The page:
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BYU's mathlete factory: Student scores seventh scientific publication

  • Student Sebastian Acosta is the lead author on a study that simulates how sounds waves scatter after hitting multiple objects
  • This marks the seventh time he has published in academic journals, the first six coming during Sebastian's undergrad days
  • Now a master's student, Sebastian has been mentored by Professor Vianey Villamizar since his sophomore year

A BYU student will soon publish his seventh paper in a peer-reviewed mathematical journal. And get this: Six of them were completed while he was still an undergrad.
Sebastian Acosta first teamed up with his mentor and professor Vianey Villamizar as a sophomore, neither realizing when they hit it off that their partnership would be so prolific.

Acosta is the lead author on publication number seven, which describes a technique to model sound waves as they hit multiple objects. The study will appear in the August issue of the Journal of Computational Physics, a high-ranking journal in the field of mathematical physics.

“I’m really grateful and I feel very blessed to have had the opportunity to work with Dr. Villamizar,” said Acosta, who majored in both math and mechanical engineering from Santiago, Chile. “I’ve learned more doing research with him than in any other class, or even combinations of classes. As far as my education – it is the greatest experience I’ve had.”

Acosta and fellow math majors Patrick Turley and Sam Dittmer illustrate BYU’s focus on undergraduate mentoring. The faculty access and research opportunities provided to BYU undergrads are typically reserved for grad students at other universities. Acosta benefited from mentored-research grants awarded by the department and the university.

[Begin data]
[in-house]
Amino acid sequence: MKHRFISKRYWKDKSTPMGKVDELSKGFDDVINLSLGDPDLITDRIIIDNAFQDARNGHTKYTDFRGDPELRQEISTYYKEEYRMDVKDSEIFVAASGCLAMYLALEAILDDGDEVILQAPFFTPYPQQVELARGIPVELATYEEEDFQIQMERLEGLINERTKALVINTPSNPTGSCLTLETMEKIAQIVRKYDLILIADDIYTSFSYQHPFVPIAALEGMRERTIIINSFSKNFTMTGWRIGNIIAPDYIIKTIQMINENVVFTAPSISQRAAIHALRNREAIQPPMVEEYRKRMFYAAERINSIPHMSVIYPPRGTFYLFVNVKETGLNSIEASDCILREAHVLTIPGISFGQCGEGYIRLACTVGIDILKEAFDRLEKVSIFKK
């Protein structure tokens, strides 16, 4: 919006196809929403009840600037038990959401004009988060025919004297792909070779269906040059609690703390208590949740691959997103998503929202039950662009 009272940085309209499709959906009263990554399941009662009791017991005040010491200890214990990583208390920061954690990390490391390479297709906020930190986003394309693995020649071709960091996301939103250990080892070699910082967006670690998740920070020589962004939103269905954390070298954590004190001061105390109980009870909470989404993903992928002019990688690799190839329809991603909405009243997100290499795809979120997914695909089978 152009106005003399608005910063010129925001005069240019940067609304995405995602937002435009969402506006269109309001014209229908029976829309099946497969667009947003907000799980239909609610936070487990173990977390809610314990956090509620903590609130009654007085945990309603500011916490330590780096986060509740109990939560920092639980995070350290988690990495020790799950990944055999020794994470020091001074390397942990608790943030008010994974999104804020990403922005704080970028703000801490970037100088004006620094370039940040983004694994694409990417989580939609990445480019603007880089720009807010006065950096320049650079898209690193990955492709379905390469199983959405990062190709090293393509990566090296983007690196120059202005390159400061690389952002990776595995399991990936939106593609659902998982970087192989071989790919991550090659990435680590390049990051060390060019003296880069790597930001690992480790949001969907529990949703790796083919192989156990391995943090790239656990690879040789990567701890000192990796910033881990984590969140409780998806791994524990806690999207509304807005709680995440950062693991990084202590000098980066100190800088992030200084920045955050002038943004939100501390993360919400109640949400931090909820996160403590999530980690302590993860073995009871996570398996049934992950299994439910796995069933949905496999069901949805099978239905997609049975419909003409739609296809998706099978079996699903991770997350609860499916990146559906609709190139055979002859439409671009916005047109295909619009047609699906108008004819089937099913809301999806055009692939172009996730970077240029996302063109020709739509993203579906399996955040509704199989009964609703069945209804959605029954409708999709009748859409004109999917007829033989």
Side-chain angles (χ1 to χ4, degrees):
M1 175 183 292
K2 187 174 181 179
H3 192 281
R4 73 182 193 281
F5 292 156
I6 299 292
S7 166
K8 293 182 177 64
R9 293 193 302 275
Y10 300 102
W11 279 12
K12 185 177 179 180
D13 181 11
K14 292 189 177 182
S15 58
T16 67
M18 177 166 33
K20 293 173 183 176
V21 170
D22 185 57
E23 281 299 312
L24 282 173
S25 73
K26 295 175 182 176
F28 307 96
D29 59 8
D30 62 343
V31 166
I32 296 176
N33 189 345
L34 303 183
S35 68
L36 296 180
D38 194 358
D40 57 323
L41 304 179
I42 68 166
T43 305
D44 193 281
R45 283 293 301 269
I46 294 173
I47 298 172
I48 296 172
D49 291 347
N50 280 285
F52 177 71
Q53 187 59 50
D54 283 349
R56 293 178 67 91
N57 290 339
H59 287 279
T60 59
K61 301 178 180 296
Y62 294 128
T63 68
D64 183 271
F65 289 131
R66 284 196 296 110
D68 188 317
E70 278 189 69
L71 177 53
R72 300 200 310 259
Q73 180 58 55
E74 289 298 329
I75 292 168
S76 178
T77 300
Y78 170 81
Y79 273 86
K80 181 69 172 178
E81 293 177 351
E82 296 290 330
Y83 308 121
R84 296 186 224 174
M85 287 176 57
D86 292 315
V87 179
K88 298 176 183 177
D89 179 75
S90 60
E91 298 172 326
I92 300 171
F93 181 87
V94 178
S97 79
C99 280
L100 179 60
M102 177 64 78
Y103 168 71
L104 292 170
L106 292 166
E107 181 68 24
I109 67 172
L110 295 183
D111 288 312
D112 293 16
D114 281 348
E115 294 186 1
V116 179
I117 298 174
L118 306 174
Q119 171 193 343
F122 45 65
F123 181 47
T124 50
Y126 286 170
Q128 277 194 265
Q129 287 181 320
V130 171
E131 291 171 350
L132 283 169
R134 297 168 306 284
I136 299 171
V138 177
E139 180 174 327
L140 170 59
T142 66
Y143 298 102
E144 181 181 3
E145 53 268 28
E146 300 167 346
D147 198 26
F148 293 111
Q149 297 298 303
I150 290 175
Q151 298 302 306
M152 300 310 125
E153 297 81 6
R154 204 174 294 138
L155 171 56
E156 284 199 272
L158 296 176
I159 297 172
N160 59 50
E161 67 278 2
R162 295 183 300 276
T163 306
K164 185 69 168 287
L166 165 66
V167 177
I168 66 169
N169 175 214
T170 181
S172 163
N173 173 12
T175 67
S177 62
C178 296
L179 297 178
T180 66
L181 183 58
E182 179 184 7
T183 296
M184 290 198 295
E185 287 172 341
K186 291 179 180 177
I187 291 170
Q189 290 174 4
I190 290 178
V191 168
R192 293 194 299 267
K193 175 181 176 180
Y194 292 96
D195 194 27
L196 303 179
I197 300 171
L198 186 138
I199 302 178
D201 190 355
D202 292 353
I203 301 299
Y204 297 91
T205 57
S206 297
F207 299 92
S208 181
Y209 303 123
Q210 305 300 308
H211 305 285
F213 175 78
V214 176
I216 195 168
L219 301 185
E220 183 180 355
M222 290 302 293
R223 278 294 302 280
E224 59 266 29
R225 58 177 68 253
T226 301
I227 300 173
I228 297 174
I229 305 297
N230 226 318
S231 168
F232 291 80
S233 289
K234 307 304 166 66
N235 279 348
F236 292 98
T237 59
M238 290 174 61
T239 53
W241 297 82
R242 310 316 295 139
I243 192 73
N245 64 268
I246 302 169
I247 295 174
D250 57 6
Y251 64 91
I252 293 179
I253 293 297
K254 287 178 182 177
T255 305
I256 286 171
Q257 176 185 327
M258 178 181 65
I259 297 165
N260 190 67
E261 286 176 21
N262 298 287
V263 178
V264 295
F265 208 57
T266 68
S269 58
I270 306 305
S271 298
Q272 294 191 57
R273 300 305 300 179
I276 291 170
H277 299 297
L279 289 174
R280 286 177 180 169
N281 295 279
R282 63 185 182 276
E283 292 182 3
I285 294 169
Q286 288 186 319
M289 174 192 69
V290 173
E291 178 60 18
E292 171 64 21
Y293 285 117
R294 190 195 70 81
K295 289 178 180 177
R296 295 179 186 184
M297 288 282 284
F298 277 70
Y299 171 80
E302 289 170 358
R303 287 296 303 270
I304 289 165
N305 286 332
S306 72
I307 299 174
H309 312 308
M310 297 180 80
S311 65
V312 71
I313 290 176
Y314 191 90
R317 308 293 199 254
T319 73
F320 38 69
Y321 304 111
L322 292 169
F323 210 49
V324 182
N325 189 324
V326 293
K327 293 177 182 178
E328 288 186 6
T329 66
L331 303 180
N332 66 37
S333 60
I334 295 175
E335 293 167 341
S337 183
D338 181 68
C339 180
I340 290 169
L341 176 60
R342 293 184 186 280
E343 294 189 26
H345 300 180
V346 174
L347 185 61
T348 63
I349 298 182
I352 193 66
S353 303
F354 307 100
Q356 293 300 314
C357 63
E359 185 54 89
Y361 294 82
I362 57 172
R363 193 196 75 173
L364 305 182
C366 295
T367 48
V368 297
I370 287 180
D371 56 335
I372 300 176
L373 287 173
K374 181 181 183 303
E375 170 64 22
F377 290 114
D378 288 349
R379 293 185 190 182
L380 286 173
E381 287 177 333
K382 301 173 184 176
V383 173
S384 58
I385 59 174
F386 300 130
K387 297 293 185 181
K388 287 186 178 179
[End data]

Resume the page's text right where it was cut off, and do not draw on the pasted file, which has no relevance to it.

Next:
In the new study, Acosta and Villamizar computed how sound waves scatter after striking multiple objects of complex shapes. The visual representations look like pin balls that shatter and continue to ricochet in all directions. Their new method more efficiently simulates acoustic scattering than previous methods have. This technique could have application in the field of medical imaging, such as with MRIs and ultrasounds.

Acosta acknowledges the trust Professor Villamizar gives him as a student during their regular research meetings where they share ideas and explore new approaches.

“He knows a lot more than I do, but he trusts me and lets me express my ideas, and he gives me the chance to write everything I am thinking,” Acosta said.

Villamizar acknowledged that it is very rare for a student to publish as much as Acosta has in such a short time.

“His participation was more than the normal student,” Villamizar said. “He’s very mature and understanding of what we’re doing, and in suggesting ways to do it.”

Now in his first year working toward a master’s degree in BYU’s math program, Acosta plans to pursue a Ph.D. in applied math.

Writer: Jared Whipple

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